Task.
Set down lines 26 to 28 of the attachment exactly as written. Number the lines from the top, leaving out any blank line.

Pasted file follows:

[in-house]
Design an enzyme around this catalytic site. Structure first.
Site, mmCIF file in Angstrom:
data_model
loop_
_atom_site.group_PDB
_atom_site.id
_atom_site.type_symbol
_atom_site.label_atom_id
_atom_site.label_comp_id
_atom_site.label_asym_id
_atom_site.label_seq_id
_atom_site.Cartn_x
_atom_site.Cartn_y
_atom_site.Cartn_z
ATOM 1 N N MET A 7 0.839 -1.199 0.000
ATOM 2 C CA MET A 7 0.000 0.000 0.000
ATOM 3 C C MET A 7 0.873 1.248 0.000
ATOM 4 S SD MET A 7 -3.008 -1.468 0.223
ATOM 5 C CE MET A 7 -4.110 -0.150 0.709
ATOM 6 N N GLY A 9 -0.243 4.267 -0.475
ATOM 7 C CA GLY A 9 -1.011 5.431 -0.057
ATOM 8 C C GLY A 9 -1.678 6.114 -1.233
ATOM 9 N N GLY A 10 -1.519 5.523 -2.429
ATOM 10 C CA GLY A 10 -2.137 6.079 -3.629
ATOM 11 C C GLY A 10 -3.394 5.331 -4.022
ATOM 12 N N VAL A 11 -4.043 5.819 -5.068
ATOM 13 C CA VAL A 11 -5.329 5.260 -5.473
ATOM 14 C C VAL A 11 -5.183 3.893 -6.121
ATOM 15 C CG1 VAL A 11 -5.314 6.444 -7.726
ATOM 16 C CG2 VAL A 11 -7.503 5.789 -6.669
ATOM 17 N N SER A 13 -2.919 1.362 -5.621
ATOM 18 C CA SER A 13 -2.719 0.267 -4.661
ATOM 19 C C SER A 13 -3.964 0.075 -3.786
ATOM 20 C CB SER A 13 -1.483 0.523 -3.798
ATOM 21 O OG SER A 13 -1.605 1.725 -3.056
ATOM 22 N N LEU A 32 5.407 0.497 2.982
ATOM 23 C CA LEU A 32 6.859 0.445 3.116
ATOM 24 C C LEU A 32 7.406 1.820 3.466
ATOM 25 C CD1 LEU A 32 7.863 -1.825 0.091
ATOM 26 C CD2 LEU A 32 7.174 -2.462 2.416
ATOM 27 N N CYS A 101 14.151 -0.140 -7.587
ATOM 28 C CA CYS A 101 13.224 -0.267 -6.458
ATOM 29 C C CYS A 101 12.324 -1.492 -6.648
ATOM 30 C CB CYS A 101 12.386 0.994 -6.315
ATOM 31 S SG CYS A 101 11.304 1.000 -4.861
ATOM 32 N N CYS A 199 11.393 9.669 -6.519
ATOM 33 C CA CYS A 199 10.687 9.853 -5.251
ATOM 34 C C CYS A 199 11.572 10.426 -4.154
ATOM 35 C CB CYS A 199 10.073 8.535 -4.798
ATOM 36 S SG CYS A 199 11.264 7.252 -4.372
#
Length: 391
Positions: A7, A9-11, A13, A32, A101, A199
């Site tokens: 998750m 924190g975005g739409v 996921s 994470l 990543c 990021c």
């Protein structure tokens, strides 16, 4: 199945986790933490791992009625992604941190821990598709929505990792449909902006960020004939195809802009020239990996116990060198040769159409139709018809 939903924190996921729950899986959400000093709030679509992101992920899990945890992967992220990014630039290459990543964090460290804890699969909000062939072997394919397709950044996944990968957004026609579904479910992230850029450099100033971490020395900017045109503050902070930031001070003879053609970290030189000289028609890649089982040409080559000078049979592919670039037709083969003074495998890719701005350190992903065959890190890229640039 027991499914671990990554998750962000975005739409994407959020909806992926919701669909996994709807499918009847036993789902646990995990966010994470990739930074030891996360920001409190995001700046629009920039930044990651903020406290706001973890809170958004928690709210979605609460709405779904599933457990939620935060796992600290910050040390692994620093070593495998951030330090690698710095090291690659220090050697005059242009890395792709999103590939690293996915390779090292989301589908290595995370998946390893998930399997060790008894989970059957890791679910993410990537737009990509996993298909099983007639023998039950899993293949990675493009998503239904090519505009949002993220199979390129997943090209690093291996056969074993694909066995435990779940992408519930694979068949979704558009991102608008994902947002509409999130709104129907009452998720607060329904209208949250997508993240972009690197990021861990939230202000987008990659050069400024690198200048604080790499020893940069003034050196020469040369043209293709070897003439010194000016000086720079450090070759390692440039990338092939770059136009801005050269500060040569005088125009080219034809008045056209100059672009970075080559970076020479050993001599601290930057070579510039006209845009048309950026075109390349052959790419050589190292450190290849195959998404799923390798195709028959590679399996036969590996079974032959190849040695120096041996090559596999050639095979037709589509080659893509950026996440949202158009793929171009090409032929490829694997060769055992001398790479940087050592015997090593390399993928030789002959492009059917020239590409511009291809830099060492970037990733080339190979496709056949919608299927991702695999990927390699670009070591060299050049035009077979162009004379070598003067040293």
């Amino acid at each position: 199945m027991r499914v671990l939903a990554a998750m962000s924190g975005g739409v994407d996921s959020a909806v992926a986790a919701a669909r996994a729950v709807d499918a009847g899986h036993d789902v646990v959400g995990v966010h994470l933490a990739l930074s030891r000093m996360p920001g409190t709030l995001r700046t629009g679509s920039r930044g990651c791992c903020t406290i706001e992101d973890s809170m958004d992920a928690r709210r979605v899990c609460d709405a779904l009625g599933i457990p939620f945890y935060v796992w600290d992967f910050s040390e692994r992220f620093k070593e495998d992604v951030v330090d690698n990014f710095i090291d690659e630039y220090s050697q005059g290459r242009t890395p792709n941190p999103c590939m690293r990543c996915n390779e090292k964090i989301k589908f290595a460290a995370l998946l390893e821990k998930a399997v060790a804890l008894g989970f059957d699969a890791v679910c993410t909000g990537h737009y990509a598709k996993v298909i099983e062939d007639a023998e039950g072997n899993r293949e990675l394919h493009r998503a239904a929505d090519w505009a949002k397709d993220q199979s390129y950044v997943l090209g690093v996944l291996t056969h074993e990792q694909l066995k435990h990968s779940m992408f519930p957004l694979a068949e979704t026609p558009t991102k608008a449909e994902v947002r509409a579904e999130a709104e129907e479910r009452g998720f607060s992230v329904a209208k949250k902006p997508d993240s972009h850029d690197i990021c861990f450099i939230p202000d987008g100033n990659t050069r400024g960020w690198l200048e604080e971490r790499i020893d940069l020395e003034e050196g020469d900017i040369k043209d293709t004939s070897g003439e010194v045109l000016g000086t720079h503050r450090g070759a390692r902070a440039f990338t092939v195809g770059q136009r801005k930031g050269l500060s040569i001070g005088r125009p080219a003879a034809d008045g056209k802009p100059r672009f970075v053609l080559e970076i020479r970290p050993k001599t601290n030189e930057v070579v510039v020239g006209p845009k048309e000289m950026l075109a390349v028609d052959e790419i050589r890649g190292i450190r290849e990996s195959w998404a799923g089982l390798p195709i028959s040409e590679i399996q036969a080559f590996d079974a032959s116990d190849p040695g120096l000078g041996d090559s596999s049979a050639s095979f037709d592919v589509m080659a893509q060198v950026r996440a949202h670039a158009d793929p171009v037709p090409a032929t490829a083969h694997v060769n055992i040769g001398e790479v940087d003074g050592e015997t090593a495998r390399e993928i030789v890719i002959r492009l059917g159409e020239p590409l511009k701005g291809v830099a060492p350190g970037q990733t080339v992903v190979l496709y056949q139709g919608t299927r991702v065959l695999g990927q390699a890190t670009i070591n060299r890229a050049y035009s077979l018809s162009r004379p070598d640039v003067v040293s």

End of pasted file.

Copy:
ATOM 11 C C GLY A 10 -3.394 5.331 -4.022
ATOM 12 N N VAL A 11 -4.043 5.819 -5.068
ATOM 13 C CA VAL A 11 -5.329 5.260 -5.473